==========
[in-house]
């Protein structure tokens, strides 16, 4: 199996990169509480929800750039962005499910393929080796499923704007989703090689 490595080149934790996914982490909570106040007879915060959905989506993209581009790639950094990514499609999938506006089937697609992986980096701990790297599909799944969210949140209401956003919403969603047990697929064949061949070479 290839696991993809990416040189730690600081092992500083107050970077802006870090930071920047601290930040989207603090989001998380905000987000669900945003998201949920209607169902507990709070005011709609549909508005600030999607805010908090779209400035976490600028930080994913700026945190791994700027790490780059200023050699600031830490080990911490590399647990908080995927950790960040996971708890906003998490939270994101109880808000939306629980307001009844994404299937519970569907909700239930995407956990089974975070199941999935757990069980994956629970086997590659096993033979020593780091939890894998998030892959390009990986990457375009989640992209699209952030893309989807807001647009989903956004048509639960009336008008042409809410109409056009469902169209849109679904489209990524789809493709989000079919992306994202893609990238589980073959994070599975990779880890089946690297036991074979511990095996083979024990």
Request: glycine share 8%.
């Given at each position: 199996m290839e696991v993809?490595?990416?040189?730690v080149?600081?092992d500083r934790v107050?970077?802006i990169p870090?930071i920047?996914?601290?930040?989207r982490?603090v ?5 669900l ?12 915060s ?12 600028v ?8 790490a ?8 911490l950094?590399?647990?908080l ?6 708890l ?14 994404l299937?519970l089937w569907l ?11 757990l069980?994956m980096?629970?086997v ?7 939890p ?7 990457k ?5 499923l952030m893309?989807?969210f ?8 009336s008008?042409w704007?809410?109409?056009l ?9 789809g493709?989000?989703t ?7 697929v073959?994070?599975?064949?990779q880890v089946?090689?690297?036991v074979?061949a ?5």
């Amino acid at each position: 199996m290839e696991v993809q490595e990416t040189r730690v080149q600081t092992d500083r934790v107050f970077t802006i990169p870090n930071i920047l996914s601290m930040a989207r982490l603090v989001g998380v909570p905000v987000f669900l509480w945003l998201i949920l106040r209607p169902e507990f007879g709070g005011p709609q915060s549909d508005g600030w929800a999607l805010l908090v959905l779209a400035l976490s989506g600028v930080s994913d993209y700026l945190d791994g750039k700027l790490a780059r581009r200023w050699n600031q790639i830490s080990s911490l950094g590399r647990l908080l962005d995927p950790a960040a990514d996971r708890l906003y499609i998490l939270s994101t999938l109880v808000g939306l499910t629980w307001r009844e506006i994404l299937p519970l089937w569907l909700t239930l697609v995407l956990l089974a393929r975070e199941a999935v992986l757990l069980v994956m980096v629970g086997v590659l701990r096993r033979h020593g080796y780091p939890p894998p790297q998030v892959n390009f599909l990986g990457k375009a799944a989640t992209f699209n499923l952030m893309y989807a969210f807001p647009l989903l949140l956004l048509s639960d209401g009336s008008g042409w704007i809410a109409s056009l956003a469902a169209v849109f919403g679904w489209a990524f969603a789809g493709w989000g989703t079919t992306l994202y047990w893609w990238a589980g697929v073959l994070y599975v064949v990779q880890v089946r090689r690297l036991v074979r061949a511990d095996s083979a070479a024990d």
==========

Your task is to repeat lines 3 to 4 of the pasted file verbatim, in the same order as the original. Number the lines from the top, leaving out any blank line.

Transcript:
Request: glycine share 8%.
């Given at each position: 199996m290839e696991v993809?490595?990416?040189?730690v080149?600081?092992d500083r934790v107050?970077?802006i990169p870090?930071i920047?996914?601290?930040?989207r982490?603090v ?5 669900l ?12 915060s ?12 600028v ?8 790490a ?8 911490l950094?590399?647990?908080l ?6 708890l ?14 994404l299937?519970l089937w569907l ?11 757990l069980?994956m980096?629970?086997v ?7 939890p ?7 990457k ?5 499923l952030m893309?989807?969210f ?8 009336s008008?042409w704007?809410?109409?056009l ?9 789809g493709?989000?989703t ?7 697929v073959?994070?599975?064949?990779q880890v089946?090689?690297?036991v074979?061949a ?5």